customizing the raglan: peplum ruffle

It’s day two of raglan week! Here’s another easy alteration to make to the raglan T-shirt pattern: turn it into a sweet peplum top!


Oliver + S peplum ruffle Field Trip Raglan T-shirt


The ruffle of a peplum can be short or long, but proportion is key. In general with most peplums, you want the top of the ruffle to start at or just above the waist. Look for the natural waist, which is that narrow spot just below the rib cage. (If you sing “I’m a Little Teapot” and tip to the side, the bendy spot on your side is your natural waist. This is especially helpful with kids who have little bellies.) But for shorter peplums that look more like a little ruffle at the hem, a boxy style is cute, and the top of the peplum can start just below the waistline.

Here’s how you go about doing it.

To make this customization, you’ll find the natural waist and mark the top of your peplum placement. Add 1/4″ – 1/2″ for seam allowance and cut the T-shirt at this level.

For the ruffle itself, I like to make it about 175% the width of the T-shirt width, but anything between 150%-200% will look good. Add seam allowance and hem to the height of the ruffle, and add the ruffle (sewn into a tube with gathering stitches at the top edge) to the T-shirt after the side seams have been sewn. You can see in this mini pattern how I removed the bottom portion of the original T-shirt pattern and replaced it with a ruffle that’s about twice as wide as the original pattern piece. Cut two: one for front and one for back.


peplum raglan

You can also hem the ruffle before gathering it, since it’s much easier sew the hem when the fabric is still flat, before it’s all gathered up.

Here are a couple of styling ideas for peplum T-shirts, to help get your creative juices flowing:


Adding a peplum to a raglan t-shirt


Adding a peplum to a raglan t-shirt


And it would be really cute to try pleating the ruffle instead of gathering it. The pleats wouldn’t have to be perfectly even to be cute, so don’t get too worried about that.

Anyone making this one? I’ll show you the peplum I made for S tomorrow when I explain how to change the pattern to make short sleeves.




  1. It’s funny that this is on here today as I’ve had an idea lately that I’d like to possibly customize a cute t-shirt by adding a peplum and make knee length shorts that are the same fabric as the peplum – haven’t done it yet though. I have purchased a lot of beautiful fabric so I need to get sewing!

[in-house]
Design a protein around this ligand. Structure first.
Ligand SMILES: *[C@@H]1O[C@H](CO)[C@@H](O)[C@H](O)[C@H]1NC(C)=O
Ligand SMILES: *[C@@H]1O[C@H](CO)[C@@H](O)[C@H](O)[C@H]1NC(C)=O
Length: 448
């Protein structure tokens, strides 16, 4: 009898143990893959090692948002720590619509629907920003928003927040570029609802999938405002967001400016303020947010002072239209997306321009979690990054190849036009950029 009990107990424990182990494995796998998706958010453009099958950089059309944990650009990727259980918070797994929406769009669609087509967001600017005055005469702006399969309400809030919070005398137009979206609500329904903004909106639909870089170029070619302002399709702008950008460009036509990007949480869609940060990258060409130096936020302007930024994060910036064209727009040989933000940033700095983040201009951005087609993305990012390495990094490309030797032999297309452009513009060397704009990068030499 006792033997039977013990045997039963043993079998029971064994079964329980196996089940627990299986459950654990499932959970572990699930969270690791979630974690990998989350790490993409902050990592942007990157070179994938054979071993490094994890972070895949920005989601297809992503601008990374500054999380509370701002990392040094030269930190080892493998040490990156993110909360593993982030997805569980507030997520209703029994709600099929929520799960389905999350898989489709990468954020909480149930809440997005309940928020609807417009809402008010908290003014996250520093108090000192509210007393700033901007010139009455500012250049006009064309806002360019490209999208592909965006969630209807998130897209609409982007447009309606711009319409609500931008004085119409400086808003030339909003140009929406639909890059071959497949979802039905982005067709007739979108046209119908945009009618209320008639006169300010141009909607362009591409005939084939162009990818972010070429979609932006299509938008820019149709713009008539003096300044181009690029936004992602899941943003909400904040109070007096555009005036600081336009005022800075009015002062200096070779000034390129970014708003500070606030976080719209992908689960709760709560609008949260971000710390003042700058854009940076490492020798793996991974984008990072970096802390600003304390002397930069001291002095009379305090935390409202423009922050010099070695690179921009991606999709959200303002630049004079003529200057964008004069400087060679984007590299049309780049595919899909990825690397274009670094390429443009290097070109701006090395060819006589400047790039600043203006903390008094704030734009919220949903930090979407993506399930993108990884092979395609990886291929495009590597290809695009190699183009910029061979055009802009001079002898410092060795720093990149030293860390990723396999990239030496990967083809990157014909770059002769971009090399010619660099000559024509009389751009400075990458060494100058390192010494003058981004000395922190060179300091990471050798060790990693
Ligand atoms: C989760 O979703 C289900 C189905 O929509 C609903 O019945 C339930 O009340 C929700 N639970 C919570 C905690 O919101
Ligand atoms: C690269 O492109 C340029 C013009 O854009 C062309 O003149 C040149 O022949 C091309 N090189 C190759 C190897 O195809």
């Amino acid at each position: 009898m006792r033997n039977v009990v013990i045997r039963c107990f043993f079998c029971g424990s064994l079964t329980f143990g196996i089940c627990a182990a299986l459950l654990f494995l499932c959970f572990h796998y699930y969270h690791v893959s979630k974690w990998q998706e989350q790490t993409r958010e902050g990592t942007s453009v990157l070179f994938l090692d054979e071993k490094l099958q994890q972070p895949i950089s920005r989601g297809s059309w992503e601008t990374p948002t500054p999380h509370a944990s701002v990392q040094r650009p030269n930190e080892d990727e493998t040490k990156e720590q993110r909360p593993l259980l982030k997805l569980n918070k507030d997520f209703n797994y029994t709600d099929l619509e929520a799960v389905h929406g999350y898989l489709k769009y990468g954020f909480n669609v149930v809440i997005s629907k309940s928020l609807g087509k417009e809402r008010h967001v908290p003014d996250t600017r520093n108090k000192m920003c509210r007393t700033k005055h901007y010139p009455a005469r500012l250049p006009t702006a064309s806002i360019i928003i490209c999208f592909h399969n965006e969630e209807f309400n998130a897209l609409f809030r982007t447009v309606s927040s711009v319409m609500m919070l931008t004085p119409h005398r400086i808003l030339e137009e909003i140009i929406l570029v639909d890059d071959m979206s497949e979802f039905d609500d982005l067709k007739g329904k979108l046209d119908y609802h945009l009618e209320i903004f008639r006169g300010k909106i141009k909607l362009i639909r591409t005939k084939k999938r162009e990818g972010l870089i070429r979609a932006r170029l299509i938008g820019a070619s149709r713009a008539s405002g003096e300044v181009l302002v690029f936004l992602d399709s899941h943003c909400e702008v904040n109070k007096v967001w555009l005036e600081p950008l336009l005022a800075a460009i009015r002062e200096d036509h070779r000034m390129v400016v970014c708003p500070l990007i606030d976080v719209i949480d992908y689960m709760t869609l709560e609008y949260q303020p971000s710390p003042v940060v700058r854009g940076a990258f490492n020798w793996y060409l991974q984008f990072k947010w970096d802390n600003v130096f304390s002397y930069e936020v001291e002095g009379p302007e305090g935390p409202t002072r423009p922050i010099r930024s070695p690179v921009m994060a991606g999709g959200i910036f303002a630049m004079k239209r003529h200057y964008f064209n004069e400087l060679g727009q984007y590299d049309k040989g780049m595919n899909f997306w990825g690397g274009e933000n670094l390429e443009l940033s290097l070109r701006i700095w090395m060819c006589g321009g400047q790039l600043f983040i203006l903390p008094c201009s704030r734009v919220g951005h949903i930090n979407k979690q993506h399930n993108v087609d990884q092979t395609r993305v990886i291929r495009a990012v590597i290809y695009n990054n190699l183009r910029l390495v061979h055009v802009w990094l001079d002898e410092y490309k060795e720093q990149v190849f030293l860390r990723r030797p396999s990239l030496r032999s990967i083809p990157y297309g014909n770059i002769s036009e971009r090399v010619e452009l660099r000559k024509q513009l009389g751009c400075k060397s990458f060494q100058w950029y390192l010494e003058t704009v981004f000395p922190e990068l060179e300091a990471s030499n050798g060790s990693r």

2. This is so cute, Liesl! And just perfect for my almost 7 year old, who is super tall and getting her own ideas of what she will and will not wear. “Nothing too babyish!” – ha! 🙂

  3. Carrie

    I love a peplum! I’ve got the pattern cut out and my fabric ready to cut, but I may just go with this look instead for starters. This may be a really dumb question, as I haven’t modified patterns much for fear of really messing something up. But, can someone tell me how you go about locating the natural waist on the pattern piece? I understand how to find it on my daughter’s body, but actually drawing a line on the pattern piece that represents that has me a bit confused. Do I measure down to her waist from her shoulder or arm pit or neck line? Again, I’m sorry if this is hugely obvious except to me! I so love the Oliver + S patterns and can’t wait to try some customizations!

  4. Tunce

    Thanks, this is so lovely! I’ll be definitely making a couple for my daughter, she will love to “twirl” in it! She loves her sailboat skirt, too, the only complain I got was that it’s not twirly :o) (she’s 4 yo). I like that you’re releasing single patterns, any chance that you would offer the sailboat top as a single pattern? Please… 😀

  5. Carrie, if you hold the front pattern piece up to approximately match the underarm of something else your daughter is wearing, that will give you a general sense for the waist placement. I usually add an inch or two and mark the waist just before attaching the peplum. That way she can try it on and you can get a more accurate placement.

    And Tunce, the Sailboat Top is on its way! It will be released as a single pattern shortly.

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